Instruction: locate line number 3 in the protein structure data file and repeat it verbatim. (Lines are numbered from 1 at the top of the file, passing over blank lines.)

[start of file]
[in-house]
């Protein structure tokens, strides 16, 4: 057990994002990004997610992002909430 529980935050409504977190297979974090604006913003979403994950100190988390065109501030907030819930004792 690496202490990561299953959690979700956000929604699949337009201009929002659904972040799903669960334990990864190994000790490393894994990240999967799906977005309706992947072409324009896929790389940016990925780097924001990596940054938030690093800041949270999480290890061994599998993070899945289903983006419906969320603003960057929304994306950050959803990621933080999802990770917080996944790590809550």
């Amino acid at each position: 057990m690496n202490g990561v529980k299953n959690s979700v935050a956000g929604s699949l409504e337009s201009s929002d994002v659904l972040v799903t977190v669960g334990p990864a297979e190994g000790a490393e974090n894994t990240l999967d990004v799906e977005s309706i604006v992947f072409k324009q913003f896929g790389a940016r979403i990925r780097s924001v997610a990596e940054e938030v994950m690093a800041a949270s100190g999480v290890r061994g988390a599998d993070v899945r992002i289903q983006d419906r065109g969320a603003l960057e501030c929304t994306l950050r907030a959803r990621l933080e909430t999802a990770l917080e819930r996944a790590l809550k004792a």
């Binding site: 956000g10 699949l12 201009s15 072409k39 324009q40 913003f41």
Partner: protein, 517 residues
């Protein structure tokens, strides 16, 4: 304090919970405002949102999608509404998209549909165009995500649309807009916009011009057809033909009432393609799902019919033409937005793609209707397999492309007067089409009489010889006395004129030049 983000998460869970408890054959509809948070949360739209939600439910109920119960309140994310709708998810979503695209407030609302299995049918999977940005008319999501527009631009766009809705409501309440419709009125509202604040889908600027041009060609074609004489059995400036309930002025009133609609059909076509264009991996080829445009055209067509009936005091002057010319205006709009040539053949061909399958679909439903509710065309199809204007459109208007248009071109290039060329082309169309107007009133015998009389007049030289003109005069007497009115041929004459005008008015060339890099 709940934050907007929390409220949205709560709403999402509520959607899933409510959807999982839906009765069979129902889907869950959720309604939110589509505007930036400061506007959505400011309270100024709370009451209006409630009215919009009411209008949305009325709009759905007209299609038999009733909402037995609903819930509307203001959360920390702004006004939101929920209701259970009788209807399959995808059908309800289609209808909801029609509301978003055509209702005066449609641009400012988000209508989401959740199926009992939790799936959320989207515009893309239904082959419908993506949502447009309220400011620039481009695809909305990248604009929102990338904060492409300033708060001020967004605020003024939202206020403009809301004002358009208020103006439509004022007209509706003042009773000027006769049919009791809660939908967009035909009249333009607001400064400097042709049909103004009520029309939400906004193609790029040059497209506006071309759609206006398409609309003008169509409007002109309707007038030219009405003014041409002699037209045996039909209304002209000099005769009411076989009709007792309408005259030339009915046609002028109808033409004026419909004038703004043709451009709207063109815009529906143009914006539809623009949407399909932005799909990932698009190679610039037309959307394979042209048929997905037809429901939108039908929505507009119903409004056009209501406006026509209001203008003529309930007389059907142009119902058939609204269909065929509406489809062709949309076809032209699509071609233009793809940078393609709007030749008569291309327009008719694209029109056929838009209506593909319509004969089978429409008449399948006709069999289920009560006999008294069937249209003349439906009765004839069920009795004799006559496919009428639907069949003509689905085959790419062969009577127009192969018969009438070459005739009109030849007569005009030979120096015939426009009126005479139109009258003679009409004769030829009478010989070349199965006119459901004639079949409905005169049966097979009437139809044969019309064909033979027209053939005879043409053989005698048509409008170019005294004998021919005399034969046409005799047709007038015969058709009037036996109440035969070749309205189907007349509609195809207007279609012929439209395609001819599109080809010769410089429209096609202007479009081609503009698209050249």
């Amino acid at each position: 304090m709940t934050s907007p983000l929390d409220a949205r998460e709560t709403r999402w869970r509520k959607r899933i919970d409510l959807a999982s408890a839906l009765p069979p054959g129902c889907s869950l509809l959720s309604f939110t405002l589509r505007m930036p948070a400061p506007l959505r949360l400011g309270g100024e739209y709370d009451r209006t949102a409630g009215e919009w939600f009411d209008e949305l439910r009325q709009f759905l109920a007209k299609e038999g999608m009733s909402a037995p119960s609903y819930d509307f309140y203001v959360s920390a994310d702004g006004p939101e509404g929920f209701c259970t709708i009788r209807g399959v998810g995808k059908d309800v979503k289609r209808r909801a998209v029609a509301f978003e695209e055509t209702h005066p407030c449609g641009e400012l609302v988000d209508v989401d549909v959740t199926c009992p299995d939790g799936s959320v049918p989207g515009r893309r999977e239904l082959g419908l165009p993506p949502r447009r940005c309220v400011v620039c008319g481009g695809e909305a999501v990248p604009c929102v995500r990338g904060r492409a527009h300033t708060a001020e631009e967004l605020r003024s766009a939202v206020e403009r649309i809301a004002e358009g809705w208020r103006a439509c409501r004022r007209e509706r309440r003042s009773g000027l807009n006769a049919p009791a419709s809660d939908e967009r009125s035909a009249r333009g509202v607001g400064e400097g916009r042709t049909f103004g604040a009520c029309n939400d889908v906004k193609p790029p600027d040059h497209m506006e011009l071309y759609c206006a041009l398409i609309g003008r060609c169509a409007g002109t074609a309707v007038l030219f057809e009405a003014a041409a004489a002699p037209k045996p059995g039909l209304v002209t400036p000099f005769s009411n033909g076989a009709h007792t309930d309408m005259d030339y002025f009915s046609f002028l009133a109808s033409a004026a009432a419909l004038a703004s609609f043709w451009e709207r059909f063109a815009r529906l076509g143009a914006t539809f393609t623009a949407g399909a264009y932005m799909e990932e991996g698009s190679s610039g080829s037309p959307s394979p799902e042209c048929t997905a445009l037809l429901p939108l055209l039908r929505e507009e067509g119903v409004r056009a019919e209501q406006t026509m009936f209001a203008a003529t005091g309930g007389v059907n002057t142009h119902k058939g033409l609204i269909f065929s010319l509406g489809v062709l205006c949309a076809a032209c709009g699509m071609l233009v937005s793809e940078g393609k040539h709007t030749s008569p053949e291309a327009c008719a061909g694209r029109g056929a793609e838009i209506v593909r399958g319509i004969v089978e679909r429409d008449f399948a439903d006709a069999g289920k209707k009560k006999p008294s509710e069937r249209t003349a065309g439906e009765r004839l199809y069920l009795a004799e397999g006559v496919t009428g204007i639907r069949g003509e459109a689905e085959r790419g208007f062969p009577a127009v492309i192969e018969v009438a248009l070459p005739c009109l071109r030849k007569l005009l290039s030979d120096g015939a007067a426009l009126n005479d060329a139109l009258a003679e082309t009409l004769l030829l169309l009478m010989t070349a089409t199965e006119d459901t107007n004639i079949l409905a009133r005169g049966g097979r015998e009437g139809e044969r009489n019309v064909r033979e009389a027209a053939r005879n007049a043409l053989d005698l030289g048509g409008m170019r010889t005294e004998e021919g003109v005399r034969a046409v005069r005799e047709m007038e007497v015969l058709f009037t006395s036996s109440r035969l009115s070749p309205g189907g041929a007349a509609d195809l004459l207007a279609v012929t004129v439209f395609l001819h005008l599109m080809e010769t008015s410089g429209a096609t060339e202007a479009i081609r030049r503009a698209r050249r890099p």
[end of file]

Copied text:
């Amino acid at each position: 057990m690496n202490g990561v529980k299953n959690s979700v935050a956000g929604s699949l409504e337009s201009s929002d994002v659904l972040v799903t977190v669960g334990p990864a297979e190994g000790a490393e974090n894994t990240l999967d990004v799906e977005s309706i604006v992947f072409k324009q913003f896929g790389a940016r979403i990925r780097s924001v997610a990596e940054e938030v994950m690093a800041a949270s100190g999480v290890r061994g988390a599998d993070v899945r992002i289903q983006d419906r065109g969320a603003l960057e501030c929304t994306l950050r907030a959803r990621l933080e909430t999802a990770l917080e819930r996944a790590l809550k004792a």